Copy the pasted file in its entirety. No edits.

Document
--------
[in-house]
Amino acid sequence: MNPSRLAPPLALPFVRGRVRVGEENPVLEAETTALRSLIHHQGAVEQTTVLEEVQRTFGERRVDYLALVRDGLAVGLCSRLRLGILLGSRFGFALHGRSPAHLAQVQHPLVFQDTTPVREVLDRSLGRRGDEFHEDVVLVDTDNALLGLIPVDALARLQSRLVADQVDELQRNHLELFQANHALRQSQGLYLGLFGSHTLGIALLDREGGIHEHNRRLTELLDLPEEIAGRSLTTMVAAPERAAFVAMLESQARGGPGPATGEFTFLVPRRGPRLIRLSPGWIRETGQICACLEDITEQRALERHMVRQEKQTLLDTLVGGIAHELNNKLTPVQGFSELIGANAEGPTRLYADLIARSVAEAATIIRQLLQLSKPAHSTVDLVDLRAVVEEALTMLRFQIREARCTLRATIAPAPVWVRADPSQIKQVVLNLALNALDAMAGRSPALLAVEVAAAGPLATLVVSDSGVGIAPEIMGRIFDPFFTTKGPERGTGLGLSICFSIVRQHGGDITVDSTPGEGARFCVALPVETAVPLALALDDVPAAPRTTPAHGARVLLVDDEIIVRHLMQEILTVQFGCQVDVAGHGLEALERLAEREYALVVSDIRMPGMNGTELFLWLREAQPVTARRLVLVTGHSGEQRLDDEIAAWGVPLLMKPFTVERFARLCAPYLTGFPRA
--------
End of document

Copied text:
[in-house]
Amino acid sequence: MNPSRLAPPLALPFVRGRVRVGEENPVLEAETTALRSLIHHQGAVEQTTVLEEVQRTFGERRVDYLALVRDGLAVGLCSRLRLGILLGSRFGFALHGRSPAHLAQVQHPLVFQDTTPVREVLDRSLGRRGDEFHEDVVLVDTDNALLGLIPVDALARLQSRLVADQVDELQRNHLELFQANHALRQSQGLYLGLFGSHTLGIALLDREGGIHEHNRRLTELLDLPEEIAGRSLTTMVAAPERAAFVAMLESQARGGPGPATGEFTFLVPRRGPRLIRLSPGWIRETGQICACLEDITEQRALERHMVRQEKQTLLDTLVGGIAHELNNKLTPVQGFSELIGANAEGPTRLYADLIARSVAEAATIIRQLLQLSKPAHSTVDLVDLRAVVEEALTMLRFQIREARCTLRATIAPAPVWVRADPSQIKQVVLNLALNALDAMAGRSPALLAVEVAAAGPLATLVVSDSGVGIAPEIMGRIFDPFFTTKGPERGTGLGLSICFSIVRQHGGDITVDSTPGEGARFCVALPVETAVPLALALDDVPAAPRTTPAHGARVLLVDDEIIVRHLMQEILTVQFGCQVDVAGHGLEALERLAEREYALVVSDIRMPGMNGTELFLWLREAQPVTARRLVLVTGHSGEQRLDDEIAAWGVPLLMKPFTVERFARLCAPYLTGFPRA